Excerpts from New Yorker article, Social Animal

Just read a slightly tangential article in the New Yorker all about happiness, identity, education, the subconscious, and many things in between.  Here are a few of my favorite lines.

On happiness:

Joining a group that meets just once a month produces the same increase in happiness as doubling your income. According to research by Daniel Kahneman, Alan B. Krueger, and others, the daily activities most closely associated with happiness are social—having sex, socializing after work, and having dinner with friends.

On perception: 

Our perceptions, the scientist said, are fantasies we construct that correlate with reality.

On identity and the flow of information:

I believe we inherit a great river of knowledge, a flow of patterns coming from many sources. The information that comes from deep in the evolutionary past we call genetics. The information passed along from hundreds of years ago we call culture. The information passed along from decades ago we call family, and the information offered months ago we call education. But it is all information that flows through us. The brain is adapted to the river of knowledge and exists only as a creature in that river. Our thoughts are profoundly molded by this long historic flow, and none of us exists, self-made, in isolation from it.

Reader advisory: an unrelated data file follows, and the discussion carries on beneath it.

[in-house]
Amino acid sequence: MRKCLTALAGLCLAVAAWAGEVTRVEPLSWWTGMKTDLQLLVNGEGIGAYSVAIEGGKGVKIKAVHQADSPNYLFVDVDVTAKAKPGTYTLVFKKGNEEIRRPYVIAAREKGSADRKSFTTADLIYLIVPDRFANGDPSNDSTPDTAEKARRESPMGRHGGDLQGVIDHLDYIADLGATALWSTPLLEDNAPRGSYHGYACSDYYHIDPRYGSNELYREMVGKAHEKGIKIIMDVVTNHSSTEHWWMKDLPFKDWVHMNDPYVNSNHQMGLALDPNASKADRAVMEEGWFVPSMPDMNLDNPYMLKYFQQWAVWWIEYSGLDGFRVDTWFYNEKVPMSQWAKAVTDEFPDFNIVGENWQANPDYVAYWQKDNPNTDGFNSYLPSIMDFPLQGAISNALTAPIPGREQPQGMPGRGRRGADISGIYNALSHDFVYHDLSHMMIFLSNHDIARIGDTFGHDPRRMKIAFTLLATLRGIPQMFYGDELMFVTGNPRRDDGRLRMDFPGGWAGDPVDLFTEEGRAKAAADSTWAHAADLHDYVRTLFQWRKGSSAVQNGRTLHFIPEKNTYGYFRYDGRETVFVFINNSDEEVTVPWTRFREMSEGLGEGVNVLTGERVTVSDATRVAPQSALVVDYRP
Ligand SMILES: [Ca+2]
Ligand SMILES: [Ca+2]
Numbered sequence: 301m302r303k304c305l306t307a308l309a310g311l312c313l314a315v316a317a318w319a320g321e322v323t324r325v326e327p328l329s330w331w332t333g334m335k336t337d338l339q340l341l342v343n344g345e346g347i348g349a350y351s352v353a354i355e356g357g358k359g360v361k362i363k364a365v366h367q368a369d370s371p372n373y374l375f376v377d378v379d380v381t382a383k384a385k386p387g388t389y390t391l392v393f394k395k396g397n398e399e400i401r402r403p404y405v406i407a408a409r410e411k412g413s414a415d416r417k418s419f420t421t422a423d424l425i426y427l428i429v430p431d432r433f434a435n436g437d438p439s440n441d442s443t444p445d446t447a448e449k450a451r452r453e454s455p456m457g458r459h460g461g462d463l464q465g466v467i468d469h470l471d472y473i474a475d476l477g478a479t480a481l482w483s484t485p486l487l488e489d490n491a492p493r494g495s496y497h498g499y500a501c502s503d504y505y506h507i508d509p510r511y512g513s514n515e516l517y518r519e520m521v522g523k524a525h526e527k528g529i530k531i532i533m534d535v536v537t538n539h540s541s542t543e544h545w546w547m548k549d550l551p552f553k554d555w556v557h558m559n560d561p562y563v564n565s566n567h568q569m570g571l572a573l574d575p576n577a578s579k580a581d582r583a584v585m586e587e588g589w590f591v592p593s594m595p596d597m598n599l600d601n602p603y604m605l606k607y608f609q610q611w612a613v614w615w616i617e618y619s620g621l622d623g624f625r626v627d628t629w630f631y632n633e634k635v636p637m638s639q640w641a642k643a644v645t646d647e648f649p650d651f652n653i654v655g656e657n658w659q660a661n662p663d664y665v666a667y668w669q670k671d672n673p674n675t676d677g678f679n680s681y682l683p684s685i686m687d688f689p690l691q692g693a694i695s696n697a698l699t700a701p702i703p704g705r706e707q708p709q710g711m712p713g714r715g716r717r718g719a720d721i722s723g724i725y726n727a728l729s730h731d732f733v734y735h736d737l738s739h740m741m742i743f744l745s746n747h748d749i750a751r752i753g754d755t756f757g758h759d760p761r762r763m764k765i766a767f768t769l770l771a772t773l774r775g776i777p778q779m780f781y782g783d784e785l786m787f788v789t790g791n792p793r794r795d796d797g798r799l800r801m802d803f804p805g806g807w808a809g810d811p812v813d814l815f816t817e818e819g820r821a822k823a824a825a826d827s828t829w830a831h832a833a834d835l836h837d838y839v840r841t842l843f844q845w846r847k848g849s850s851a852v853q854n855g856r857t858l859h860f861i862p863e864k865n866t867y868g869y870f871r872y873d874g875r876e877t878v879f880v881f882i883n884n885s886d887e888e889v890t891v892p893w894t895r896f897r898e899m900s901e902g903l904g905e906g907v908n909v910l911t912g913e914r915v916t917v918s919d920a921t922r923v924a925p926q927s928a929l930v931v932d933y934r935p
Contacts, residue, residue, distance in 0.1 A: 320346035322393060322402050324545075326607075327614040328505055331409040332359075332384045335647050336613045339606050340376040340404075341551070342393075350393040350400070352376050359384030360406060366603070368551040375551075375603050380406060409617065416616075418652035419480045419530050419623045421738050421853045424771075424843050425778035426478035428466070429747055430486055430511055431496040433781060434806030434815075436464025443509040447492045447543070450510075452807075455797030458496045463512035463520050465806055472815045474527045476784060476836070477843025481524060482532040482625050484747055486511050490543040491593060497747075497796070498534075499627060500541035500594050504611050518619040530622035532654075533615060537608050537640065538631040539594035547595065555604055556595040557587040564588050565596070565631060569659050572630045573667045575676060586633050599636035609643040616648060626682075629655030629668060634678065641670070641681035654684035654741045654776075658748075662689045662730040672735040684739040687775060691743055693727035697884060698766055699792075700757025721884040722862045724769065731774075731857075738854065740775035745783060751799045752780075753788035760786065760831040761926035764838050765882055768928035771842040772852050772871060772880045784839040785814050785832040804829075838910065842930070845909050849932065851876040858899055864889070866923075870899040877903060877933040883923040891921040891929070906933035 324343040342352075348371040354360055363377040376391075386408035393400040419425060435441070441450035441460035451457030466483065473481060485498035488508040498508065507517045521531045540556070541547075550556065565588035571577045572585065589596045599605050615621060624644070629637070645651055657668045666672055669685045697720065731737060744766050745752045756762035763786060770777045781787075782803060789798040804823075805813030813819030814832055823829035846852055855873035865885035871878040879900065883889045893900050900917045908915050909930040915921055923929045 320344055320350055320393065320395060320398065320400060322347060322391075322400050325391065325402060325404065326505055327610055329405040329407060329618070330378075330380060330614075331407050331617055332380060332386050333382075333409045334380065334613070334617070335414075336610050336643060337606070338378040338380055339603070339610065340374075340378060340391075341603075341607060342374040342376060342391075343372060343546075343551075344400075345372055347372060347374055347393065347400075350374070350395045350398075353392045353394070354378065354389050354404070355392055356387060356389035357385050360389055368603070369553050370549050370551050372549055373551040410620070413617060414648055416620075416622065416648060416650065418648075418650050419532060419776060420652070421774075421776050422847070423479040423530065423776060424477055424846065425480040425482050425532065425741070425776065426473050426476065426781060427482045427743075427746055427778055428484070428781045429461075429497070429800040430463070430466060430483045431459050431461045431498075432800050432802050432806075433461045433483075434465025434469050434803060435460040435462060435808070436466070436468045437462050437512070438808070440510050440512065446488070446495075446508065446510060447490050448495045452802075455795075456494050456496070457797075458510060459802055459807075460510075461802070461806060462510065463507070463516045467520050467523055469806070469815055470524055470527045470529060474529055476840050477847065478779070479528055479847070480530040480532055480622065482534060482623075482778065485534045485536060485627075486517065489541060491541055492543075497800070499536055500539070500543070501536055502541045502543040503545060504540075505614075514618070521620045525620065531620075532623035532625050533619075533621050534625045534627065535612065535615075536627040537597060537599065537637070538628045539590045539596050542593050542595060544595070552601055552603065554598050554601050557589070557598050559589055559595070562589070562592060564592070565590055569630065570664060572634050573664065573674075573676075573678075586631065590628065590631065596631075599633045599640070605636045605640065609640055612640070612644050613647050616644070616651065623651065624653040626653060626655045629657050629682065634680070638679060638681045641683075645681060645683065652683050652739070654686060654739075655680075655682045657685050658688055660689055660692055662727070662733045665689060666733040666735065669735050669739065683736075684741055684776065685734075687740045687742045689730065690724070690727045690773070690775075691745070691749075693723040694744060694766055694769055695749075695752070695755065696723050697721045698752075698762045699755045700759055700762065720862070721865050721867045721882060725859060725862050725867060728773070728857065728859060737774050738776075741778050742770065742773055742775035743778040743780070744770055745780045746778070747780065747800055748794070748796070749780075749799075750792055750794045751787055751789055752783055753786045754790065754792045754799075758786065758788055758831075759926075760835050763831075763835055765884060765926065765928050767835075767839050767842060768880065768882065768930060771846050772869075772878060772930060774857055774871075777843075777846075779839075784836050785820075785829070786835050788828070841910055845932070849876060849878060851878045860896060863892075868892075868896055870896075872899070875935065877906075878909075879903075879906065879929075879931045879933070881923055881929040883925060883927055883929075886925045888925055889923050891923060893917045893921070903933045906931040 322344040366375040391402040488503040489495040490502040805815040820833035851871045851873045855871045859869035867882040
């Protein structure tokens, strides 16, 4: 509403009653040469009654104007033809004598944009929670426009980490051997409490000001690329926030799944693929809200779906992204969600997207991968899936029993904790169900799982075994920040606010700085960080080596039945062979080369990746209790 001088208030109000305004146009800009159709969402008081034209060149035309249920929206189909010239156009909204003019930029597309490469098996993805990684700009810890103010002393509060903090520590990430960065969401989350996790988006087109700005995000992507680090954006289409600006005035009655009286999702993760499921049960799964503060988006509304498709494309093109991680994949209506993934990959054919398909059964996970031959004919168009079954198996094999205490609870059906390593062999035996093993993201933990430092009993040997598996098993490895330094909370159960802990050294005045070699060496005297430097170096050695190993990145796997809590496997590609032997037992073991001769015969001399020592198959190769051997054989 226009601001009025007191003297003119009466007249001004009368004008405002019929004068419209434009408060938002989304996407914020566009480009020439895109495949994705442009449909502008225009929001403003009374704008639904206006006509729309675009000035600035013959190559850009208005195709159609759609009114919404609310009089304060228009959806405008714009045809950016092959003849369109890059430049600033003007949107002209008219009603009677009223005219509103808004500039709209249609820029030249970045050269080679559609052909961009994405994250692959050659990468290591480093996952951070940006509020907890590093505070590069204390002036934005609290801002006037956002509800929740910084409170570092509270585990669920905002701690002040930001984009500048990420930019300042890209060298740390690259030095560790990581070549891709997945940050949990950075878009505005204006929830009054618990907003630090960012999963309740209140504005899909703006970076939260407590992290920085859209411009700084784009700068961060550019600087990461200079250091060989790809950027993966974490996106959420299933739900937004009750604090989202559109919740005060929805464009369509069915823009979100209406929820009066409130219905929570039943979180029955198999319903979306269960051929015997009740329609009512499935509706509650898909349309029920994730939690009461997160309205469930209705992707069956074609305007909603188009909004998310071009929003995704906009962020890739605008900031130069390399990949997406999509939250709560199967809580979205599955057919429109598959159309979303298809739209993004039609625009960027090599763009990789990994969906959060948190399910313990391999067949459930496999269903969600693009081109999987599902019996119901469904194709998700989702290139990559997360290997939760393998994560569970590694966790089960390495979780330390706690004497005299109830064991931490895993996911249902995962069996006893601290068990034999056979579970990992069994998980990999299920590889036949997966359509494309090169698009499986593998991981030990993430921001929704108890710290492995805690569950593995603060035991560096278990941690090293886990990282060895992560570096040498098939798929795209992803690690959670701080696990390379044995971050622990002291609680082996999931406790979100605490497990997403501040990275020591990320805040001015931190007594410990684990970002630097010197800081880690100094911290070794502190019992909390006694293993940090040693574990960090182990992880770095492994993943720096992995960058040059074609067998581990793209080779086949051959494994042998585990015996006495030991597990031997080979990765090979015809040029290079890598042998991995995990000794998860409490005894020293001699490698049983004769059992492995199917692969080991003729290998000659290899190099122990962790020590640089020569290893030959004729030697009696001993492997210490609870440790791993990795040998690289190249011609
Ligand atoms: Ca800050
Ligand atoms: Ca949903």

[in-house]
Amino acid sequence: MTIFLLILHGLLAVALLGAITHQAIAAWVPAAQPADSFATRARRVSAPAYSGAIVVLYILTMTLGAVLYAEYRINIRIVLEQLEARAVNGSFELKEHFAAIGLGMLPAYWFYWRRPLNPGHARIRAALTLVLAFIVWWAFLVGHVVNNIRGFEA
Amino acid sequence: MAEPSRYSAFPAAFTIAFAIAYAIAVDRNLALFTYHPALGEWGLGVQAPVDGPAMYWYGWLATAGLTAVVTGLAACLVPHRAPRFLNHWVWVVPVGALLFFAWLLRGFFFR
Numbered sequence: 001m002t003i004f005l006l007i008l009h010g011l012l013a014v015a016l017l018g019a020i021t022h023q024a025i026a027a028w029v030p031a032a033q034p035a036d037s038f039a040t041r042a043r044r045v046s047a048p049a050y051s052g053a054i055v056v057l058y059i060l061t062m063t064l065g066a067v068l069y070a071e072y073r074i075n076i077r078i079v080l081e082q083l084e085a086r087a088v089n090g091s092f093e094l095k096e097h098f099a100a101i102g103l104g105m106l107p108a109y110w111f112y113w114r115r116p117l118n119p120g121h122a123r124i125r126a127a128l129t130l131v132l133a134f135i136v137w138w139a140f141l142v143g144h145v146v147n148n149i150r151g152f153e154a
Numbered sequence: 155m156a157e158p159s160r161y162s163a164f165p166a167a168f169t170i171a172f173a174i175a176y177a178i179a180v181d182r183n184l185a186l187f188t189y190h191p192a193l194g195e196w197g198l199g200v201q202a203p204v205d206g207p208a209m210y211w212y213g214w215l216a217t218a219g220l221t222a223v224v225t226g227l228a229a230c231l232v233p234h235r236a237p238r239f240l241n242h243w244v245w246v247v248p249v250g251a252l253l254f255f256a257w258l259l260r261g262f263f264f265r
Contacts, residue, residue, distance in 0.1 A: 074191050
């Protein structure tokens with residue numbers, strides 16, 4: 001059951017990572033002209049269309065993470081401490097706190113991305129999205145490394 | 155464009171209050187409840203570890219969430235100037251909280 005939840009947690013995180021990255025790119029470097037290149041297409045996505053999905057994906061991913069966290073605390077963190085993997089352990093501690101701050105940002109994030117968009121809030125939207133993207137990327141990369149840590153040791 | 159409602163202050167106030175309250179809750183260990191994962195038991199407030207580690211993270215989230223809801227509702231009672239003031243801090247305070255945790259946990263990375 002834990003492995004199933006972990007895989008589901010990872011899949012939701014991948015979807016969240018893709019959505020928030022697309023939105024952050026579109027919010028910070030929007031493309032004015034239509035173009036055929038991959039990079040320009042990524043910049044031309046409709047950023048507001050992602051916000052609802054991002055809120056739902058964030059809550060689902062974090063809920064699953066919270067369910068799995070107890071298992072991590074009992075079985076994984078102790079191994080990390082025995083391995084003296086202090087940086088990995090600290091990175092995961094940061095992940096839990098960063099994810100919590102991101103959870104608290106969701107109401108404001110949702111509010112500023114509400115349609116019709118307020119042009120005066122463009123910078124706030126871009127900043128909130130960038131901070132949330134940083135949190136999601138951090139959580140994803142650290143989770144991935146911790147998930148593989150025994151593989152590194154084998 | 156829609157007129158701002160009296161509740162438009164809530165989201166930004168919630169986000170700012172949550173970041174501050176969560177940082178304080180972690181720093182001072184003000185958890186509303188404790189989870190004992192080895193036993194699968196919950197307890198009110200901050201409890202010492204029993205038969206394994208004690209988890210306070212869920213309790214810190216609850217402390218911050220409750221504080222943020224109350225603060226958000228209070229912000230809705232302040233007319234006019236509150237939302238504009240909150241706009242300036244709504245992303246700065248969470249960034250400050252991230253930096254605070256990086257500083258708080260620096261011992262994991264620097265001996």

A bit more on that:

Happiness is a measure of how thickly the unconscious parts of our minds are intertwined with other people and with activities. Happiness is determined by how much information and affection flows through us covertly every day and year.

If you’re intrigued, dive in and read the rest of the very strange article.

Most health solutions aren’t medical, they’re social.

It’s becoming more obvious to people that our friends and family have a huge impact not only on our current health, but our future health changes. From the ever-wise Jay Parkinson:

This is a significant paradigm shift. The companies that realize the future of health is about life and happiness rather than sickness, death, and medical solutions are the ones that will lead in the next decade. More importantly, the companies that can find a business model around social solutions for the neediest, most costly patients, are the ones who will not only make a killing, but change the face of healthcare in the world.

The whole post is very worth reading.  

Thanks to Jason Kottke for drawing the connection between this general theory about how it all works and the actual goals/effects of playing Health Month.

February… the real start of the year

Some new things for February!

1. If you’re a team-coordinator, you can now invite all of the members from your previous month to play again this month (and I’ll make sure to remind current team leaders to do this before the end of every month).

2. We’ve got a bunch of new “official bloggers” for the month (and a few who’ve decided to continue on from January).  Meet them!

3. Working on some really exciting features for March.  Including the ability to move your rules from month to month in a really easy (and smart) way.  Apologies that this is taking longer than it seems like it should… I’m very much interested in this feature and I want to get it right.  The ability to learn from your rules, and do better and better on them each month, is really at the core of what this site is all about.  I’ve been listening to the feedback from lots of users, and I think that you’re really going to like what I’m working on.

Note about badges: